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Russian helicopter accidentally fires rocket at onlookers

Tue, 19 Sep 2017 13:52:00 GMT2017-09-19T13:52:00Z

Three people injured after rocket from passing rotorcraft explodes near group of men during Zapad war games in Luzhsky

A Russian attack helicopter accidentally fired at least one rocket into a group of people during large-scale military exercises close to Nato’s borders, Russian media has reported.

Three people were injured in the incident at the Zapad 2017 drills, a source close to the Russian Ministry of Defence told RBC news agency. “They weren’t civilians,” the source said.

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UK to suspend training of Burmese military over treatment of Rohingya

Tue, 19 Sep 2017 15:45:21 GMT2017-09-19T15:45:21Z

Theresa May says all engagement with Myanmar’s military will end until action against civilians in Rakhine state stops

Theresa May has announced that the UK will suspend the training of Burmese military amid concerns about the treatment of the Muslim Rohingya population.

Speaking at the UN general assembly in New York, she said the UK would end all engagement with the Burmese military until military action against civilians in Rakhine state had stopped.

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Children who take up American football early 'at greater risk of brain impairment'

Tue, 19 Sep 2017 14:38:48 GMT2017-09-19T14:38:48Z

Boston University researchers find those who start playing before 12 twice as likely to develop emotional and cognitive difficulties as those who start later

Children who start playing American football before the age of 12 are twice as likely to develop emotional and cognitive difficulties compared with those who start later, a Boston University School of Medicine study found.

Related: Study links longer football careers to more severe cases of CTE

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30ft-high statue of Mikhail Kalashnikov unveiled in Moscow

Tue, 19 Sep 2017 10:55:40 GMT2017-09-19T10:55:40Z

Russian creator of the AK-47, used to kill an estimated 250,000 people a year, celebrated in controversial ceremony

A statue of Mikhail Kalashnikov, the inventor of the AK-47 assault rifle, has been unveiled in central Moscow in a controversial ceremony that merged military pomp with religious ritual.

The nine-metre (30ft) monument depicts Kalashnikov clutching his eponymous automatic weapon. Tuesday’s event was attended by high-ranking Russian officials including Vladimir Medinsky, the culture minister, and Petr Biryukov, Moscow’s deputy mayor.

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Melania Trump ads removed from Croatian capital after legal threat

Tue, 19 Sep 2017 14:15:46 GMT2017-09-19T14:15:46Z

Zagreb language school’s marketing campaign tried to persuade Croats to emulate first lady by learning English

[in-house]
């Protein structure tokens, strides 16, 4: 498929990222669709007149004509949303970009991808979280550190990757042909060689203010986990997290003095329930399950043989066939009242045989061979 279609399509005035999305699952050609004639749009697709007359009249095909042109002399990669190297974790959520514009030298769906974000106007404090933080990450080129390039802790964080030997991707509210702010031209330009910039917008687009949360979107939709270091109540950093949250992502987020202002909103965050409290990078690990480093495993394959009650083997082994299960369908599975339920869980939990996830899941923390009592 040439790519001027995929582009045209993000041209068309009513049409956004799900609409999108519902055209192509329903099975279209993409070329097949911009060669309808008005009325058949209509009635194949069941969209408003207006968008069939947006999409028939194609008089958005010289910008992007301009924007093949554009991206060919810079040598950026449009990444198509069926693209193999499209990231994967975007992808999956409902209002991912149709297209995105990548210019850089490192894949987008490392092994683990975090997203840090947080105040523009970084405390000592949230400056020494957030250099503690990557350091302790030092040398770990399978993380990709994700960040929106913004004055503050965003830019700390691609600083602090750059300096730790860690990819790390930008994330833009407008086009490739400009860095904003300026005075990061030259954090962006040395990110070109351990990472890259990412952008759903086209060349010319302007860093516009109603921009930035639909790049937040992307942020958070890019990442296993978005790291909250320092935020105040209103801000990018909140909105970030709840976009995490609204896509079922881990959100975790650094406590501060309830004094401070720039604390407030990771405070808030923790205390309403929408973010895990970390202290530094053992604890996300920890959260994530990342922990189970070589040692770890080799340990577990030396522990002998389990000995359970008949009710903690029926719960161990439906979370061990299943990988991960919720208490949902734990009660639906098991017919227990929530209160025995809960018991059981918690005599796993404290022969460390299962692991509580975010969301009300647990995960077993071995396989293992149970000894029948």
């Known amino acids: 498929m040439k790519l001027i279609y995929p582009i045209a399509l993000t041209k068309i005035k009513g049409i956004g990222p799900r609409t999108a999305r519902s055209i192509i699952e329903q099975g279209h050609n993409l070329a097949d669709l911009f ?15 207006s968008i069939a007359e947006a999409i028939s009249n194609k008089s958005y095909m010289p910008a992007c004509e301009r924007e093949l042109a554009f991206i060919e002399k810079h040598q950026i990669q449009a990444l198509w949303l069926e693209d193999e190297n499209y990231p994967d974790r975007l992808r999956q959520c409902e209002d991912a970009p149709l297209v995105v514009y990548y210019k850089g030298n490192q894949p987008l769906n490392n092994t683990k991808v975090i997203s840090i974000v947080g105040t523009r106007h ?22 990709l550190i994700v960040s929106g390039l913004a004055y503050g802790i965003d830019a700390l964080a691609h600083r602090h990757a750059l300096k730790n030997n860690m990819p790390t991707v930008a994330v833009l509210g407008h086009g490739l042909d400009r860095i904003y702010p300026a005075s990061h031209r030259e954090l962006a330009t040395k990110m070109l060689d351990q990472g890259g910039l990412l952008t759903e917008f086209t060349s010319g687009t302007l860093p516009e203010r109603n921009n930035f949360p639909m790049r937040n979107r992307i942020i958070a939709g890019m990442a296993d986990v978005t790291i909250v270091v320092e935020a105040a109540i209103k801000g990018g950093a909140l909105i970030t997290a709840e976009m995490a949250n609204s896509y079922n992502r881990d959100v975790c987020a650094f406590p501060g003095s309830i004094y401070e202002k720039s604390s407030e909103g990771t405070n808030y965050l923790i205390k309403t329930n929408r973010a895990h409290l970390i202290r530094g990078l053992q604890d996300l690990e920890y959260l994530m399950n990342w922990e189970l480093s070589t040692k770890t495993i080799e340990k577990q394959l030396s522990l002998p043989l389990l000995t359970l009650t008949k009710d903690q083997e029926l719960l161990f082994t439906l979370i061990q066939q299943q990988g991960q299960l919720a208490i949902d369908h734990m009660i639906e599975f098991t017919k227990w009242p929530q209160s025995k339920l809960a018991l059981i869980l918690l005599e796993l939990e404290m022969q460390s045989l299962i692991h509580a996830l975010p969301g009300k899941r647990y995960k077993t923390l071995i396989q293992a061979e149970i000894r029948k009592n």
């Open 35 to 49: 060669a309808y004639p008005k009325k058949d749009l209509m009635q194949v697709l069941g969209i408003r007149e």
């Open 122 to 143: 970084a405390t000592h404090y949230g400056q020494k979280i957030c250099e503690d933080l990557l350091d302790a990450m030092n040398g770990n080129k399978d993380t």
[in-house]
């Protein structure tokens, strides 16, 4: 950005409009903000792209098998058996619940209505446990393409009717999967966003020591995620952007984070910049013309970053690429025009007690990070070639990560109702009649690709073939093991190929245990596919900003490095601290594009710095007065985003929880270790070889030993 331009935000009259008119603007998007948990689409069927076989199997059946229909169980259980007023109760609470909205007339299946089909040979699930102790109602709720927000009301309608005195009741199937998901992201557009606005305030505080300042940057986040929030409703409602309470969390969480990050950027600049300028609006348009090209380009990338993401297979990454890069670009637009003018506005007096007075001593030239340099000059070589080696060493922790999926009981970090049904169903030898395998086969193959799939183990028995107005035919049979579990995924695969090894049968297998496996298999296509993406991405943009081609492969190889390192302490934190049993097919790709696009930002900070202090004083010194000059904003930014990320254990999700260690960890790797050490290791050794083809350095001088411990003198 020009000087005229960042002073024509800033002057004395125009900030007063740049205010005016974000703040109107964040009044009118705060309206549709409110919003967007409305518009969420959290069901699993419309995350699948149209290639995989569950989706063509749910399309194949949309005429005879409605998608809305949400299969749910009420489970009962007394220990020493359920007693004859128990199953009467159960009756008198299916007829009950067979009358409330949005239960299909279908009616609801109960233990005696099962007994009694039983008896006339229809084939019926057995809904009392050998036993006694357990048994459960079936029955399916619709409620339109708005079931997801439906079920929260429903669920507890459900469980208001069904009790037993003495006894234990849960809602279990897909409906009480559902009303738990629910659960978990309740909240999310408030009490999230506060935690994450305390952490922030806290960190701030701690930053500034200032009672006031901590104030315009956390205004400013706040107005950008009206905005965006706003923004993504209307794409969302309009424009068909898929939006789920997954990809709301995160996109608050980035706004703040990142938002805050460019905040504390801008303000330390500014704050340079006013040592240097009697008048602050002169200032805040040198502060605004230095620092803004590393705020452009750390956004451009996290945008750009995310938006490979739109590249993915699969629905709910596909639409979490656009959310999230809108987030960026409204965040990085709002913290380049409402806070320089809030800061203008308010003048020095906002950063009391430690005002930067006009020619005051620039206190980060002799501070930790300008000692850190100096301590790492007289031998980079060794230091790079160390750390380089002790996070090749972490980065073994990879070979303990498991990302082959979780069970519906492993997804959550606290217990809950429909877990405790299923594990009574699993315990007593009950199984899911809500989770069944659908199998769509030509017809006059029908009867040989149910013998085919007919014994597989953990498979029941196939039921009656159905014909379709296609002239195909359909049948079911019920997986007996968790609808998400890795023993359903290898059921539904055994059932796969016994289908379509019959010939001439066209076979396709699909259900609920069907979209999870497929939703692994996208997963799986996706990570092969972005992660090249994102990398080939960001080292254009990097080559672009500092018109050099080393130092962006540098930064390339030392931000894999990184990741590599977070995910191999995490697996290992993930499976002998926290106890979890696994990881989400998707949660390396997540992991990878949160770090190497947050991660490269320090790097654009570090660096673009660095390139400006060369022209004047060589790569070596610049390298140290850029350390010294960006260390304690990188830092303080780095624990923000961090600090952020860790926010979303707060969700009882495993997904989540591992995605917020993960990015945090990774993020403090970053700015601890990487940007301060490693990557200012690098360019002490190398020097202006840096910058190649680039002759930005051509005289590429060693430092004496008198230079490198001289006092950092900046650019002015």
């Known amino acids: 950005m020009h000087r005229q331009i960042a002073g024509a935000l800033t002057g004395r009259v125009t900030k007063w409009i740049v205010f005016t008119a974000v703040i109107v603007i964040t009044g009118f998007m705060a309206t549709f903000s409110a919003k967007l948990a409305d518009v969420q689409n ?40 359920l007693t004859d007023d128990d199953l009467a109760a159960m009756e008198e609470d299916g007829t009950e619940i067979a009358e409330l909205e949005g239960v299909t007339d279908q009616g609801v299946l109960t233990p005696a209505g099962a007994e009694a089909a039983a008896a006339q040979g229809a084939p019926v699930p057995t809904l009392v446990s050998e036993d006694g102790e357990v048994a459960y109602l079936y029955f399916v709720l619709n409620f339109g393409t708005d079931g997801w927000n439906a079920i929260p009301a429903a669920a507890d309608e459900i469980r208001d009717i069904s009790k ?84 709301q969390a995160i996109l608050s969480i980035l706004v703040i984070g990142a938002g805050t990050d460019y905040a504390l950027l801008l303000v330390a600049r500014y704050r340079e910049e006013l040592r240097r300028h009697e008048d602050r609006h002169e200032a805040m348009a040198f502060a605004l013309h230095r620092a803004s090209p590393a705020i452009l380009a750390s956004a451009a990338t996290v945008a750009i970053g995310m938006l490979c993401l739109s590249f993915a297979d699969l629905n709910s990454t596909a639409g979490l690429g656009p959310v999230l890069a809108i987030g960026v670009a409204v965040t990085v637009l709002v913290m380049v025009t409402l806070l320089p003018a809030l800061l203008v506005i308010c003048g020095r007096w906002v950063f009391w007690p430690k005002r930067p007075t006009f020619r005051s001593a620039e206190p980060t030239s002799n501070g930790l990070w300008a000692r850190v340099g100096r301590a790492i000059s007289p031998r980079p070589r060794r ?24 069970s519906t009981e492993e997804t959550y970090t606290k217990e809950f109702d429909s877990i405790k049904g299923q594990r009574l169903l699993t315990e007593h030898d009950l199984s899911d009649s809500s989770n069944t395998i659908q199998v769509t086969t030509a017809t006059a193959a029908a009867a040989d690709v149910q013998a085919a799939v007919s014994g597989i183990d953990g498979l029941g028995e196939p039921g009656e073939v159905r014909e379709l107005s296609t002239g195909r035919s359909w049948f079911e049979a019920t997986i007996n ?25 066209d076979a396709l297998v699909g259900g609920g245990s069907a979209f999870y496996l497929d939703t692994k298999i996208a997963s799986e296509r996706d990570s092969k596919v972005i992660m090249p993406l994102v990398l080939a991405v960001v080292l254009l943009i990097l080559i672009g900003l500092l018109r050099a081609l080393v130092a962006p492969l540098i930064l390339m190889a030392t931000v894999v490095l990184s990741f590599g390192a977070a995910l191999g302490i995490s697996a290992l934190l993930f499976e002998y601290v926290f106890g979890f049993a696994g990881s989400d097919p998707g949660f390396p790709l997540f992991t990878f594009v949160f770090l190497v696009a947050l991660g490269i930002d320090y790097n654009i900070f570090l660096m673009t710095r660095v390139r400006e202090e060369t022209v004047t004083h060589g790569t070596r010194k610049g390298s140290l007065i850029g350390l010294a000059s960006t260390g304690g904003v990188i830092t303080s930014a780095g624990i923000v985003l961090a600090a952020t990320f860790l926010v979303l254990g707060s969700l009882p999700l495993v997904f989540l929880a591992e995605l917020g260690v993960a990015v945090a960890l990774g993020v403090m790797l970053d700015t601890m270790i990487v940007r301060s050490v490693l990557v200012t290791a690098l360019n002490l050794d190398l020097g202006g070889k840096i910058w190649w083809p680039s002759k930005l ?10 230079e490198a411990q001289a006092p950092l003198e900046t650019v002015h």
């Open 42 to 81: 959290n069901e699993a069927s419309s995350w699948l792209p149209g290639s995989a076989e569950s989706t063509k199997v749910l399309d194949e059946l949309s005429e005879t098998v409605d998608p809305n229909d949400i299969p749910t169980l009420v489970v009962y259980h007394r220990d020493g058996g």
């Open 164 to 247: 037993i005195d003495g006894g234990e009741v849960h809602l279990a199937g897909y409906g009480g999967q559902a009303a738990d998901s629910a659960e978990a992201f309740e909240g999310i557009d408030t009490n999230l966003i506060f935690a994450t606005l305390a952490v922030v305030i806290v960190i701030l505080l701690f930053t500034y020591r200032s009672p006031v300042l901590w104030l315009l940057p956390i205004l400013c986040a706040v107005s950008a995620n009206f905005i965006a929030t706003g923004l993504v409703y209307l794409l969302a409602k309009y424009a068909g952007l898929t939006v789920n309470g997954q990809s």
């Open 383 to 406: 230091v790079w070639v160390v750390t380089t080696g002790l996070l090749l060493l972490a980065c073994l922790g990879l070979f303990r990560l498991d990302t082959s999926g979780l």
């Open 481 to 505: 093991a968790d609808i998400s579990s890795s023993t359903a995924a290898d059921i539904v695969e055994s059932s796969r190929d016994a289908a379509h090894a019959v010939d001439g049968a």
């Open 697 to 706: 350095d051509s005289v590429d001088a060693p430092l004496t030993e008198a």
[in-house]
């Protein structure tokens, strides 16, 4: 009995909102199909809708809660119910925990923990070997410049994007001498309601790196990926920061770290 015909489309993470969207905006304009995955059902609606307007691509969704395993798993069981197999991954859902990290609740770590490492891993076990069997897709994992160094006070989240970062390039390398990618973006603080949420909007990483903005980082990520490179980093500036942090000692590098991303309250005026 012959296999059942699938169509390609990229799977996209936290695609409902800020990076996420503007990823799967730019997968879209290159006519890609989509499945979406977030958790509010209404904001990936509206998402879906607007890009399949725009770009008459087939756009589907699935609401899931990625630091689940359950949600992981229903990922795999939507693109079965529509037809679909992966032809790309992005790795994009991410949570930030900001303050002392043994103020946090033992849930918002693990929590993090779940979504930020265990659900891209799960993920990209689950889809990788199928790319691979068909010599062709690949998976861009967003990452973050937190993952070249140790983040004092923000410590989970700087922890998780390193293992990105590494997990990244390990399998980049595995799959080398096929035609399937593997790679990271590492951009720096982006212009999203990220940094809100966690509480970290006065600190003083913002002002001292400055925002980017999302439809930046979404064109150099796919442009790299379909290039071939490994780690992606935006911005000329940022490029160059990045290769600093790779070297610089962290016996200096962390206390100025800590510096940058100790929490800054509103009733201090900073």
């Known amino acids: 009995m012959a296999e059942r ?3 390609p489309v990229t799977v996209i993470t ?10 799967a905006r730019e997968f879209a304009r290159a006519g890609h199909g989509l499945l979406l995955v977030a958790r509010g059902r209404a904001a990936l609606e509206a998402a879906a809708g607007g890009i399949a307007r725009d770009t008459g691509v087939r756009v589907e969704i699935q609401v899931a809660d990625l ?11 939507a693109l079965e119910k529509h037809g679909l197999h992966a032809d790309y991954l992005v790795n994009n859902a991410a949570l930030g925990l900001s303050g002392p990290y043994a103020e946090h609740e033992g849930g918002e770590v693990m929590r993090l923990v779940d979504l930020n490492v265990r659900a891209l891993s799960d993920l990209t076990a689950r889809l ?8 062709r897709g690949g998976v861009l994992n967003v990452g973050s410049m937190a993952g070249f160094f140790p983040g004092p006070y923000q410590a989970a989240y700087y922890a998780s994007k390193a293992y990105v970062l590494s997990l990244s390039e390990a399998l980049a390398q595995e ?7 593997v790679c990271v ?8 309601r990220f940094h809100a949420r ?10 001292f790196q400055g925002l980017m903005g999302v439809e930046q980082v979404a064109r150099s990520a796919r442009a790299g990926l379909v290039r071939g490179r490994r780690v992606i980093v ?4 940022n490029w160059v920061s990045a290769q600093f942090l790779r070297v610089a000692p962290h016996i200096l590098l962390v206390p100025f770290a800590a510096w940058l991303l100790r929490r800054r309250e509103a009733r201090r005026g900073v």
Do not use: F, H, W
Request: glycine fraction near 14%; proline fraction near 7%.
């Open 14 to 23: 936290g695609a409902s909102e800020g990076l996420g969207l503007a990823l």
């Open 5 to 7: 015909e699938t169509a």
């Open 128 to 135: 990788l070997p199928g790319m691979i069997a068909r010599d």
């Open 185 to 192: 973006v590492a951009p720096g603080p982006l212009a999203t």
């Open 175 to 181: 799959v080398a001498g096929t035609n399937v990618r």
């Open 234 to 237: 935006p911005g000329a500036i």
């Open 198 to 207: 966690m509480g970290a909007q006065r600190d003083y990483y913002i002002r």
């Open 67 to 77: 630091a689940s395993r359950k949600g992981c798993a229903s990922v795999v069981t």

Billboards featuring Melania Trump and the slogan “Just imagine how far you can go with a little bit of English” have been removed from the Croatian capital after her lawyer threatened legal action.

The billboards were part of a marketing campaign by a private language school in Zagreb, which tried to persuade Croats to learn English by reminding them of the Slovenian-born US first lady’s personal experience.

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Fox News commentator files lawsuit saying she was raped by Charles Payne

Tue, 19 Sep 2017 15:02:17 GMT2017-09-19T15:02:17Z

Scottie Nell Hughes alleges the host ‘pressured his way’ into her hotel room in New York in July 2013 and raped her, then blacklisted her as a guest

Fox News has been hit with another lawsuit after Scottie Nell Hughes, a political commentator, alleged she was raped by host Charles Payne and that the broadcaster subsequently blacklisted her as a guest.

Related: Murdochs' Sky bid isn't the slam dunk it looked a month ago | Nils Pratley

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Georgia Tech: three held after protest over police shooting of student

Tue, 19 Sep 2017 16:48:13 GMT2017-09-19T16:48:13Z

  • Police vehicle damaged and two officers injured as violence follows vigil
  • Scout Schultz, 21, was shot dead by campus police on Saturday

Three people were arrested during a protest that followed a vigil for a Georgia Tech student who was shot dead by campus police, a university spokesman said.

Related: Georgia Tech officer overreacted in shooting LGBTQ activist, lawyer says

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Porn-actor-turned-spy who posed as jihadist gets suspended sentence

Tue, 19 Sep 2017 14:29:31 GMT2017-09-19T14:29:31Z

Former German intelligence agent named as Roque M faced charge of attempting to share state secrets